Is Your Child At Risk For Diabetes? How To Know And What To Do

When David "Boomer" Wells was diagnosed with Type 2 diabetes in 2007, it wasn't surprising that the heavy-drinking, big-bellied pitcher would be having trouble with his metabolic health. In 1998, 18 years after retiring from basketball, when the 6 feet, 3 inch Hall of Famer Earl "The Pearl" Monroe was diagnosed, it confirmed just how hard it is to stay healthy when you go from superactive to retired. Those guys were 44 (Wells) and 54 (Monroe) when they were diagnosed, and that's about standard. The Centers for Disease Control and Prevention says that out of the 1.5 million new cases of Type 2 diagnosed in the U.S. annually, about half those folks are 45 to 64.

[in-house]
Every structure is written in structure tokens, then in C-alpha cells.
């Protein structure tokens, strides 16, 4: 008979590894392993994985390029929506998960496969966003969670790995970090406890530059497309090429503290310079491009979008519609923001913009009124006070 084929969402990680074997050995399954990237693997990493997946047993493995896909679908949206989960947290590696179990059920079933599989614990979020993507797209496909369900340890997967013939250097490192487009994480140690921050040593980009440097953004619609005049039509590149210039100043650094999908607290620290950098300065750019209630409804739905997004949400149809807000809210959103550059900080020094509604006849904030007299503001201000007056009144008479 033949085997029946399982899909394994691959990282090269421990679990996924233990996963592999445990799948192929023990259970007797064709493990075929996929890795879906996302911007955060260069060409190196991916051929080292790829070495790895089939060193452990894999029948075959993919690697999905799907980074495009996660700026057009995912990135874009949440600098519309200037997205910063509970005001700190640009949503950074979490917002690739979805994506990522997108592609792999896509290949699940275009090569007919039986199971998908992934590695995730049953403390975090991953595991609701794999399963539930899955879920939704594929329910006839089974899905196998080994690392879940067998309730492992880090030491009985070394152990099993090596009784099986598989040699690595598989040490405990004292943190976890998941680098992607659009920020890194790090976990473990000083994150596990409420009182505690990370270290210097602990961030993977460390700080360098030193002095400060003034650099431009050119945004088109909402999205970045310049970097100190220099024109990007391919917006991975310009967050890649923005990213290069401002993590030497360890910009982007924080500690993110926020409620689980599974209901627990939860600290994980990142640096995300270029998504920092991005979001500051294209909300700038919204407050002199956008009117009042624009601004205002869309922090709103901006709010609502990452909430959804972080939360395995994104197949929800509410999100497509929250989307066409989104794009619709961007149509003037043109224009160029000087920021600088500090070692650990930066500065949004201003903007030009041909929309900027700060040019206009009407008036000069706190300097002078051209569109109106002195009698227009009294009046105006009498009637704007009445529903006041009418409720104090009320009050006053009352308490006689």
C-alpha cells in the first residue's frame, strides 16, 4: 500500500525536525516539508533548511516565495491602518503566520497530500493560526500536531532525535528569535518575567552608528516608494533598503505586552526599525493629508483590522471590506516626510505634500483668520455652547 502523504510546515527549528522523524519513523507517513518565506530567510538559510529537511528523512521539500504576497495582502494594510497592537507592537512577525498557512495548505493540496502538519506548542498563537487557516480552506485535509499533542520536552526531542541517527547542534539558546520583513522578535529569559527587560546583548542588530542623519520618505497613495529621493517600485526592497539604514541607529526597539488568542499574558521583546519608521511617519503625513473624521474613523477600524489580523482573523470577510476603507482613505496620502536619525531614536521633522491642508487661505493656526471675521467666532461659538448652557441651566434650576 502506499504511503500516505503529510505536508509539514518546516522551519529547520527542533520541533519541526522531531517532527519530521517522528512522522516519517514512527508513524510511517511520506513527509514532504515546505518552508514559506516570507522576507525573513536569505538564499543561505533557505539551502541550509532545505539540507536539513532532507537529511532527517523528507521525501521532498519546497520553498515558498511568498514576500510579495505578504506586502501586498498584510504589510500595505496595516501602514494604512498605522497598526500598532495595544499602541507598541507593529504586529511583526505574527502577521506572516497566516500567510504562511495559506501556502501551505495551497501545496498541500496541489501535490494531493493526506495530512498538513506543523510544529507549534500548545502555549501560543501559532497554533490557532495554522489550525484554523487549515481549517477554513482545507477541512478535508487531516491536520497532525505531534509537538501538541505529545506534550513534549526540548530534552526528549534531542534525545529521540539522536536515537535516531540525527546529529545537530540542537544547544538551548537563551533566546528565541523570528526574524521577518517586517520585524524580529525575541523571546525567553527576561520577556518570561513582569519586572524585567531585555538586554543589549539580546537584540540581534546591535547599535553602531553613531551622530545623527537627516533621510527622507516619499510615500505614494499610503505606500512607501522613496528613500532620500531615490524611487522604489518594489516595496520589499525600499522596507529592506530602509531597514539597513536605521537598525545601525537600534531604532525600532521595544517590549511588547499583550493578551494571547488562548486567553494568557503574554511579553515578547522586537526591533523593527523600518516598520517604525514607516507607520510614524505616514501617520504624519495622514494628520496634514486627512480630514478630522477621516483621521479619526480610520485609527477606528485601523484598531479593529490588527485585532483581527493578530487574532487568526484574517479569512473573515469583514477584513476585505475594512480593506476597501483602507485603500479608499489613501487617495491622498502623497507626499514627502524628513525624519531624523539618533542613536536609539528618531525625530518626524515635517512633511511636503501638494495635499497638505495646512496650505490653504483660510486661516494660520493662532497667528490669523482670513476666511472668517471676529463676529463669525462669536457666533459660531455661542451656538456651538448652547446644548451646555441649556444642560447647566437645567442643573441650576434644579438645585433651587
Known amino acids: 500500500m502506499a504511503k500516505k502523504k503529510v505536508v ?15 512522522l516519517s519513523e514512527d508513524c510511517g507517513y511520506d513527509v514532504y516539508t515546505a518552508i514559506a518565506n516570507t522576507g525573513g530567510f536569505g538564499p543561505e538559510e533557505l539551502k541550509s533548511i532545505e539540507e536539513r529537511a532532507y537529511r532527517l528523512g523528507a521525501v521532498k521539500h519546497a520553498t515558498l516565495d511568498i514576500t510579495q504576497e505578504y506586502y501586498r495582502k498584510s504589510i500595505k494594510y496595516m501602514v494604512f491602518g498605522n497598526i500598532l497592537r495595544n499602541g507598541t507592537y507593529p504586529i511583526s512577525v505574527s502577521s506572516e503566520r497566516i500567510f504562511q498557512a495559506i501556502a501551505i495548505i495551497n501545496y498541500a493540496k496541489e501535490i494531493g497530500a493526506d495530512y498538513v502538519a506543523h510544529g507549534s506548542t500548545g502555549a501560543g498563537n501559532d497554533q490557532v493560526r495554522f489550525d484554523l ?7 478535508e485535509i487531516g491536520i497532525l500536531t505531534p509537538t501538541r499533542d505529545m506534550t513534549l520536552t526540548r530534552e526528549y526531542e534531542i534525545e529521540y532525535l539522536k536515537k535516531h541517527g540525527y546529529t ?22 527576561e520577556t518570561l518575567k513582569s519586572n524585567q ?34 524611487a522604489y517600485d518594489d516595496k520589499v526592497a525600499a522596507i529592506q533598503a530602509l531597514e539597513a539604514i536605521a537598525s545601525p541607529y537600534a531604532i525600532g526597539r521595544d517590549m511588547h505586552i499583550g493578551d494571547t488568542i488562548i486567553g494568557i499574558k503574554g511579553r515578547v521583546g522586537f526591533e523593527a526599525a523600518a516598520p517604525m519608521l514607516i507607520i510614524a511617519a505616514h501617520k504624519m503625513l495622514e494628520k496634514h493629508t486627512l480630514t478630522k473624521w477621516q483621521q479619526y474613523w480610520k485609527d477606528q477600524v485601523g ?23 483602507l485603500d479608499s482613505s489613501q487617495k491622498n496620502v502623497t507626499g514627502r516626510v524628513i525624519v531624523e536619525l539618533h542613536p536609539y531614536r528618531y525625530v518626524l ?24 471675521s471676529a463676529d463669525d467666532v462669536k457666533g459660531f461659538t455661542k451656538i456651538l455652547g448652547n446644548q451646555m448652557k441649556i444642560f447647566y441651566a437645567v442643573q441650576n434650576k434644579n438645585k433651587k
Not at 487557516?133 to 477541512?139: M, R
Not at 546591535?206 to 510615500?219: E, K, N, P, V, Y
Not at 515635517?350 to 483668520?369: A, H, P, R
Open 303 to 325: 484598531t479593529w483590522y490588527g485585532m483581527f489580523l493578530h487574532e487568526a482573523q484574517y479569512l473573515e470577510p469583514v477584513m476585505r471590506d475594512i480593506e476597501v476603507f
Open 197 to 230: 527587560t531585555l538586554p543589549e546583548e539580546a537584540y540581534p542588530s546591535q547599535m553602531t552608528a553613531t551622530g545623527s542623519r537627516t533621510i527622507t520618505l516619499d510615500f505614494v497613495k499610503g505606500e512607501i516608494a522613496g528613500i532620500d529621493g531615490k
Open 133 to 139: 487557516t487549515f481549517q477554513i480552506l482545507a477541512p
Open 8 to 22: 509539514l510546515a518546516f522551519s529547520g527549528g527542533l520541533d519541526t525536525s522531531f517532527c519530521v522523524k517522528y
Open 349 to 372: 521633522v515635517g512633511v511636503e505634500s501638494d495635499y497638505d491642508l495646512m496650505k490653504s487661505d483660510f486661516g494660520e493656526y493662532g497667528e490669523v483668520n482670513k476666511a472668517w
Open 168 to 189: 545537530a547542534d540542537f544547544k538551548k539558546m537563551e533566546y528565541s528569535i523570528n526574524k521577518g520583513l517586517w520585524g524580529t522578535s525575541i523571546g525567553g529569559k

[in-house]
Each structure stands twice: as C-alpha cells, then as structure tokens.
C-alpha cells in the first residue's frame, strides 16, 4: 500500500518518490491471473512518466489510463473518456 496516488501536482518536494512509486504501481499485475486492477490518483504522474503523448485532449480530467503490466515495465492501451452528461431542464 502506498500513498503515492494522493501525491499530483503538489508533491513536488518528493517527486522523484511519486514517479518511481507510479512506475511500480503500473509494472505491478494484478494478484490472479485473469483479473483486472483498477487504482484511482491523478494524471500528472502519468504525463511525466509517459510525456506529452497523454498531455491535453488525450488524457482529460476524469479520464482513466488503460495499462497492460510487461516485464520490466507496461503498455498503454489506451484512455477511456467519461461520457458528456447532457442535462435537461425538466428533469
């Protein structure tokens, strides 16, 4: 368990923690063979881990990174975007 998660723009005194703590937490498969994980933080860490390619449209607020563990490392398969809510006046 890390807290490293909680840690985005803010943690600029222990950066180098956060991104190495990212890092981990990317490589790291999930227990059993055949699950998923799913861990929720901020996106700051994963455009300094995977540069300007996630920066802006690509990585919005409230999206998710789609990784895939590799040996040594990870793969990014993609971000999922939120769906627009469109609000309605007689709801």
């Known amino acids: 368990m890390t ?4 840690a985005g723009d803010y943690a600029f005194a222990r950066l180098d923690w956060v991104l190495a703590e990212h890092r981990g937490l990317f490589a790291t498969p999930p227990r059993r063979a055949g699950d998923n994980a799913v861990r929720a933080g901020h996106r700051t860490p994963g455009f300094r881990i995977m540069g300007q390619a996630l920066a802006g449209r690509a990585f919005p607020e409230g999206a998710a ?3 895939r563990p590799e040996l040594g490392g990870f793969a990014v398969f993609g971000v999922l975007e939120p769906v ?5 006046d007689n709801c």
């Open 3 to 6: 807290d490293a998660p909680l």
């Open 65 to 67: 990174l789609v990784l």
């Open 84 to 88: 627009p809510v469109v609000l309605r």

But research published in Diabetologia says it's possible to ID signs of Type 2 diabetes in kids as young as 8 years old, even though it won't become full-blown adult diabetes for 30 or more years! It seems a combination of genetic traits and markers, such as low levels of good HDL cholesterol (at age 8) and increased levels of inflammatory markers called glycoprotein acetyls (at age 16) are reliable indicators.

These "tells" happen because of genetics, lack of exercise and overweight/obesity. Luckily, they aren't the last word in your child's health.

If diabetes runs in your family or your child is overweight, ask your doc about getting your child's HDL level checked (it falls before lousy LDL rises). Make sure kids ages 5-17 get at least 60 minutes of physical activity daily and eat a plant-centered, whole-food diet.

© 2019 Michael Roizen, M.D. and Mehmet Oz, M.D.
Distributed by King Features Syndicate, Inc.

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